Free comics featuring Spider-Man, Hellboy, Jonny Quest, Encanto and more will be available next year on May 4.
Diamond has revealed the “Gold Sponsor” comic publishers and titles for Free Comic Book Day 2024, which includes Marvel, DC, Dark Horse and more. A dozen comics from the gold sponsors will be available during next year’s event, which is scheduled for May 4.
“We’re looking forward to another great year of celebrating comic books and comic book shops!” said Ashton Greenwood, Free Comic Book Day spokesperson. “This year’s lineup has a title for everyone. Whether you’re new to comics or a longtime reader, you’re sure to find a title that grabs your attention. And with the event falling on Star Wars Day this year, that adds a little extra excitement to the day!”
Interestingly, DC returns to the list for 2024, promoting an “exciting new project” that’ll be revealed at a later date. Since DC left Diamond back in 2020, they’ve participated in the event, but their books were not promoted by Diamond nor were they included on the Free Comic Book Day website.
Here’s a look at the gold sponsor titles, many of which are teasers rather than actual announcements. The extensive silver sponsor title list will be announced later this week.
Continue reading “Free Comic Book Day 2024 Gold sponsors include DC, Marvel and more”
“… we will never support any commentary rooted in discrimination or hate.”
Following a racist rant by Scott Adams on YouTube last week, comic strip publisher/syndicator Andrews McMeel Universal has said they will sever their relationship with the Dilbert creator. “The process of this termination will extend to all areas of our business with Adams and the Dilbert comic strip,” they said.
The statement, which was signed by both Chairman Hugh Andrews and CEO and President Andy Sareyan, said that while the company values free speech, “we will never support any commentary rooted in discrimination or hate.”
Here’s their statement in full:
Continue reading “Andrews McMeel severs ties with Scott Adams, drops ‘Dilbert’”
The creator of ‘Calvin and Hobbes’ teams with caricaturist John Kascht for a new book that’s due out in October.
If there was one thing that united the internet this week, it had to be the big reveal that Calvin and Hobbes creator Bill Watterson has a new book coming out. The Mysteries by Watterson and caricaturist John Kascht is set to be published by Andrews McMeel Publishing this fall.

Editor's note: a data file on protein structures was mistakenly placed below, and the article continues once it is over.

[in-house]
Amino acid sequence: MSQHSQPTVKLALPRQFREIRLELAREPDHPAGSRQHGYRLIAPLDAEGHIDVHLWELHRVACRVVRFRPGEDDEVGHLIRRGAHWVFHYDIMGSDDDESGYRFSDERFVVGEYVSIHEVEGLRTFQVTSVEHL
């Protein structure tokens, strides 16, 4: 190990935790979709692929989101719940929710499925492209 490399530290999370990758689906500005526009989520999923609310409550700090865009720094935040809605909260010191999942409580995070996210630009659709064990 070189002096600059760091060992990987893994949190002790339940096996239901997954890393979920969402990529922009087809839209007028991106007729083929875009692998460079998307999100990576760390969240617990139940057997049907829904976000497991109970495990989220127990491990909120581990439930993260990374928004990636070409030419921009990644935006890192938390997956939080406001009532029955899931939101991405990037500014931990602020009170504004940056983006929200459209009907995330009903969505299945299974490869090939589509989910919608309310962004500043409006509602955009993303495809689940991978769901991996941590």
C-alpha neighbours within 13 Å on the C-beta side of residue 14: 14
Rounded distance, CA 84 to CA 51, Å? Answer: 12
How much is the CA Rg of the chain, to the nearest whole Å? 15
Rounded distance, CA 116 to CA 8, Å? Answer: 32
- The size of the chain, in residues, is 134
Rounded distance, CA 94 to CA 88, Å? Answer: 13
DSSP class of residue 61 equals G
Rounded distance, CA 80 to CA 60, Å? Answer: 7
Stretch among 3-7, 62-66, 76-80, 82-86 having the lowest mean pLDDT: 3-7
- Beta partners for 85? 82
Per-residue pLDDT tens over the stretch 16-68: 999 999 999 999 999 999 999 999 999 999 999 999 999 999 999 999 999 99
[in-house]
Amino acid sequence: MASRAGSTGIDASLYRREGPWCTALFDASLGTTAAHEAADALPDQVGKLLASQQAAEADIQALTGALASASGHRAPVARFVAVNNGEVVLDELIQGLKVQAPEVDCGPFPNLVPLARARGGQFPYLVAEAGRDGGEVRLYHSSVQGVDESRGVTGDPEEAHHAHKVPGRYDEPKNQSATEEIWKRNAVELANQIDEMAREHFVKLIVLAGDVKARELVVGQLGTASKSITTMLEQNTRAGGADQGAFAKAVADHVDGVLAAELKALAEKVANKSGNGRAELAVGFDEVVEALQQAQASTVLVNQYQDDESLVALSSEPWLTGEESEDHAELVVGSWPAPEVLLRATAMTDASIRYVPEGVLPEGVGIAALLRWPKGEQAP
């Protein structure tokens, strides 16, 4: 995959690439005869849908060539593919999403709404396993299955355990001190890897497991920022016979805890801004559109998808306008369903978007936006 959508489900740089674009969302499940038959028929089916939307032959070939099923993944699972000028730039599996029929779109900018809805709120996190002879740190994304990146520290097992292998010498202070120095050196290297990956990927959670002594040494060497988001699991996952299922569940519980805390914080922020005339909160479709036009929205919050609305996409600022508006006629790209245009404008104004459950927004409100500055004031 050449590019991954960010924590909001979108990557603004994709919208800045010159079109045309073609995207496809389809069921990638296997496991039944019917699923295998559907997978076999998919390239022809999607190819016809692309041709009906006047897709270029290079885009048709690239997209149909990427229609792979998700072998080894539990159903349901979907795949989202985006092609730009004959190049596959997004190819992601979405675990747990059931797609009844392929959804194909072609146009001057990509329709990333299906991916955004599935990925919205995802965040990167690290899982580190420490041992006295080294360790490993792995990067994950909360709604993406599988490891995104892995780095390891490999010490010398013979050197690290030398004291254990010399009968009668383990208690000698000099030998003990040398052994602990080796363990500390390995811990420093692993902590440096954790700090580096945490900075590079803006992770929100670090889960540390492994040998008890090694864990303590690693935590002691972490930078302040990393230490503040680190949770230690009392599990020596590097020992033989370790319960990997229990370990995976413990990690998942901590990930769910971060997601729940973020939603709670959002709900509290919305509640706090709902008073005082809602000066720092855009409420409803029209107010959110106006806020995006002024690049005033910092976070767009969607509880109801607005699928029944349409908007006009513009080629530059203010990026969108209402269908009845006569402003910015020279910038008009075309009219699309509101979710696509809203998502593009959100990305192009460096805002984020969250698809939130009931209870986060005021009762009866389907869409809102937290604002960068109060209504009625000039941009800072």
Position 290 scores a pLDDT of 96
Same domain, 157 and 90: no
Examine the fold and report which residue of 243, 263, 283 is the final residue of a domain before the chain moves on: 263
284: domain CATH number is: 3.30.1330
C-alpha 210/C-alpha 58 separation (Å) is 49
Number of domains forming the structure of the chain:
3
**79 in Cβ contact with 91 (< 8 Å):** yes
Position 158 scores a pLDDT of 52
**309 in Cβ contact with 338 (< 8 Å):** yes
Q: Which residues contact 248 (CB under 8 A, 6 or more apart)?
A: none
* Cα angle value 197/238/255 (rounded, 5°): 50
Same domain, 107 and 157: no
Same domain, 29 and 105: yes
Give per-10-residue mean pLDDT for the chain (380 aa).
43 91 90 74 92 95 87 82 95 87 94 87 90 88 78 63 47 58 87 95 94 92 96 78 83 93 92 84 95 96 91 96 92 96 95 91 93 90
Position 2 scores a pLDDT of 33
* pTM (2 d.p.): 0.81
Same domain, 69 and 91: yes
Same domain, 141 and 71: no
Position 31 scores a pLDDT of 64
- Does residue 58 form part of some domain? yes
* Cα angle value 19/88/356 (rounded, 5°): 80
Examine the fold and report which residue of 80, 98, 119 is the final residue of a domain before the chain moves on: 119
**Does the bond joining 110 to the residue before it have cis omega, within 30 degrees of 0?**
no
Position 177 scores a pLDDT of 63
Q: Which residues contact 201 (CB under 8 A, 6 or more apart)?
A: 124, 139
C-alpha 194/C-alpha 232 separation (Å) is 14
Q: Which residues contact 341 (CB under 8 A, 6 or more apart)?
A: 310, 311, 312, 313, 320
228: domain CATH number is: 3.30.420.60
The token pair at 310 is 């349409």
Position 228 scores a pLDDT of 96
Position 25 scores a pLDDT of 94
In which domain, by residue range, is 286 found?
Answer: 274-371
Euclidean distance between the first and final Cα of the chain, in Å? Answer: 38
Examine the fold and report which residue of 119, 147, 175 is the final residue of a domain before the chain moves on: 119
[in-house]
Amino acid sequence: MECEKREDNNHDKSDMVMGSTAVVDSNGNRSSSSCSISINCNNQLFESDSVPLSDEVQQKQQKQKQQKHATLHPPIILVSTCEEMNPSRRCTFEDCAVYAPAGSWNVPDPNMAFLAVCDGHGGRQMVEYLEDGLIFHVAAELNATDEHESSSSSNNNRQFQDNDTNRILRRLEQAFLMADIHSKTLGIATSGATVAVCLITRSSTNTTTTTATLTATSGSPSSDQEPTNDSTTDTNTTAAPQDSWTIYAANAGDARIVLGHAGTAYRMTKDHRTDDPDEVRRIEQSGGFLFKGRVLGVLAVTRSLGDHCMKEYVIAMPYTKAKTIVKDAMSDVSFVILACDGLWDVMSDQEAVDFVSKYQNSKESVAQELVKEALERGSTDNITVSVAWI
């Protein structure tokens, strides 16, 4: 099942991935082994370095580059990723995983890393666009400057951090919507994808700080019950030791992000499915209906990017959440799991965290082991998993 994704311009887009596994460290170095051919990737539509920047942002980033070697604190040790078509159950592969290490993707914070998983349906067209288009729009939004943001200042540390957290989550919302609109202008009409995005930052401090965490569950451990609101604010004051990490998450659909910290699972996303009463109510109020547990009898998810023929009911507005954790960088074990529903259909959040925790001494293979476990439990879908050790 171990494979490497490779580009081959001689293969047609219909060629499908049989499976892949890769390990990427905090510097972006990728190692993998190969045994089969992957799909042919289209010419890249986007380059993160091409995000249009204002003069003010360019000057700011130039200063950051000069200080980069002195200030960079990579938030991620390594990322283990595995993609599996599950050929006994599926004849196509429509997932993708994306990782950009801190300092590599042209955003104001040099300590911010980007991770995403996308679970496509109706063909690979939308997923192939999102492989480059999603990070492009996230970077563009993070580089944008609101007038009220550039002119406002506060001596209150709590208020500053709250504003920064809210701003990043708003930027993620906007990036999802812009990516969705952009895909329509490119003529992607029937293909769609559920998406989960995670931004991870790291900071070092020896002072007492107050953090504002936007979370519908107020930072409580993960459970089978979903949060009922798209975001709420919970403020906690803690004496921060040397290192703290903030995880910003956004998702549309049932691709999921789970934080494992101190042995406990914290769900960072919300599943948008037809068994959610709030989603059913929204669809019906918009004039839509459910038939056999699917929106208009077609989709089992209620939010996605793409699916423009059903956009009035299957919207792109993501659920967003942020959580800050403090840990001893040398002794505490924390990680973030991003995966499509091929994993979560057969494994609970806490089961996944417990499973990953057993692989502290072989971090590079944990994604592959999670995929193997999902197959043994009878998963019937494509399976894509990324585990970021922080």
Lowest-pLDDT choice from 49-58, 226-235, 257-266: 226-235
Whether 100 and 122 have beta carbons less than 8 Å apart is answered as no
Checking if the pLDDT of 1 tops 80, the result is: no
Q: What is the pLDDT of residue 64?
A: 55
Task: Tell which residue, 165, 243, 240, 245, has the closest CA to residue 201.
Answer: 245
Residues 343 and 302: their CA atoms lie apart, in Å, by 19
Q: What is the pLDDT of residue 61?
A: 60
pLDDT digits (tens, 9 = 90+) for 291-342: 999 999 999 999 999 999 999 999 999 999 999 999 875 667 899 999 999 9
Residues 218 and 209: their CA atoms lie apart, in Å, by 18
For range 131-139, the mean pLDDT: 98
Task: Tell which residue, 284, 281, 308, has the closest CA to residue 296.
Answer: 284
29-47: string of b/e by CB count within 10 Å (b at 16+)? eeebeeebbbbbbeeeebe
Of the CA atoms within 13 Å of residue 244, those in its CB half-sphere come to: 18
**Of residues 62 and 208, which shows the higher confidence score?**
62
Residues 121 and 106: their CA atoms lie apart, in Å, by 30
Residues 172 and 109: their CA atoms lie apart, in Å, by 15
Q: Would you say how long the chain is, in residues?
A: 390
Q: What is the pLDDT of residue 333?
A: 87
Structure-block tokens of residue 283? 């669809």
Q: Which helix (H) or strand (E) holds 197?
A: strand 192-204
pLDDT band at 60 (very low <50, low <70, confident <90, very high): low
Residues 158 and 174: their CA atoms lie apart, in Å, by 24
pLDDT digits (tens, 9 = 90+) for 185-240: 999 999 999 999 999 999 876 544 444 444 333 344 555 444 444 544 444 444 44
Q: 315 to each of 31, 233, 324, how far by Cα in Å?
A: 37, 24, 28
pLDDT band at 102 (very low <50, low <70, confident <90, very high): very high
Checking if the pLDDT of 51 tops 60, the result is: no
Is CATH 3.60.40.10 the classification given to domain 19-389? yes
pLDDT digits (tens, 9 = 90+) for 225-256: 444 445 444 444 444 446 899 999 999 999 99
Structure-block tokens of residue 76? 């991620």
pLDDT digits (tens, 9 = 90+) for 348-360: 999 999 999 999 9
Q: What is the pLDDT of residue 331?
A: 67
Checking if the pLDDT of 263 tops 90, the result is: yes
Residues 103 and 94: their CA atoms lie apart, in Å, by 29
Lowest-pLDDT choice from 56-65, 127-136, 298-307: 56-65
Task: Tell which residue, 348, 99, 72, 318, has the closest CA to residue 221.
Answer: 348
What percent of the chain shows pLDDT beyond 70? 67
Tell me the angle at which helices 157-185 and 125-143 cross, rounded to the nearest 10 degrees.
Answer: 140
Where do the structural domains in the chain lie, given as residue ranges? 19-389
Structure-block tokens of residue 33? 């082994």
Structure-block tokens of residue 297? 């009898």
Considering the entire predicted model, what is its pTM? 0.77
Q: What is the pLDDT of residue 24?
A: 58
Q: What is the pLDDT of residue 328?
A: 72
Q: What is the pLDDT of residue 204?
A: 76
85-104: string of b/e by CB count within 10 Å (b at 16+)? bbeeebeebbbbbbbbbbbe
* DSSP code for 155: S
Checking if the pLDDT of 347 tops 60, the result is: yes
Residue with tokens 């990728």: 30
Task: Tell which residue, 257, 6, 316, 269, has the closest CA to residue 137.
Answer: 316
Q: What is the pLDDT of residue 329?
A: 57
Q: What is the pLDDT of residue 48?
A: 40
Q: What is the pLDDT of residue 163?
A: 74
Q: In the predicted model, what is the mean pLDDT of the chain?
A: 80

It’s been almost 30 years since Watterson ended Calvin and Hobbes, one of the most creative and beloved comic strips of all time. Since then, Watterson hasn’t been seen or heard from much, except for the rare interview or a guest comic strip or to turn down a trip to France after winning the Grand Prix d’Angoulême. So this was a welcome surprise.
If you’re expecting it to be something like Calvin & Hobbes, though, think again. Here’s a preview:
Continue reading “Three decades later, Bill Watterson returns with a fable for grown-ups”
The cartoonist and animator discusses the first collection of her webcomic ‘Up and Out.’
Julia Kaye had been making comics for years – and making the webcomic Up and Out for years – before she transitioned. What had been a humor strip made in full color then became something else as Kaye used the strip to document her own life and trying to adjust to life as a woman. Her first book is Super Late Bloomer: My Early Days in Transition. The book collects six months of strips from 2016. They range from funny to absurd to heartbreaking as Kaye captures her changing life three panels at a time.
Kaye is currently working at Disney Animation and continues to draw Up and Out. With Super Late Bloomer out this week, we sat down to talk about the book, her work and how it’s changed over the years.
Continue reading “Smash Pages Q&A: Julia Kaye on ‘Super Late Bloomer’”
The cartoonist and painter discusses her book, which is about an Emily Dickinson in the present day, complete with Facebook and OkCupid accounts.
In The Slanted Life of Emily Dickinson, Rosanna Bruno imagines a present-day Dickinson, or considers the ways in which the habits of the legendary poet would brush up against how contemporary life works, giving her a Facebook page and an OkCupid account and karaoke lists. It’s not simply poking fun at Dickinson, who despite being one of the great modern poets is often considered a recluse. Bruno clearly has read and knows Dickinson’s work and finds interesting ways to play with those ideas and how we think about poetry. Bruno is a painter by training and she spoke about Dickinson, the book, how comics required a different approach from her paintings and more.
Continue reading “Smash Pages Q&A: Rosanna Bruno on ‘The Slanted Life of Emily Dickinson’”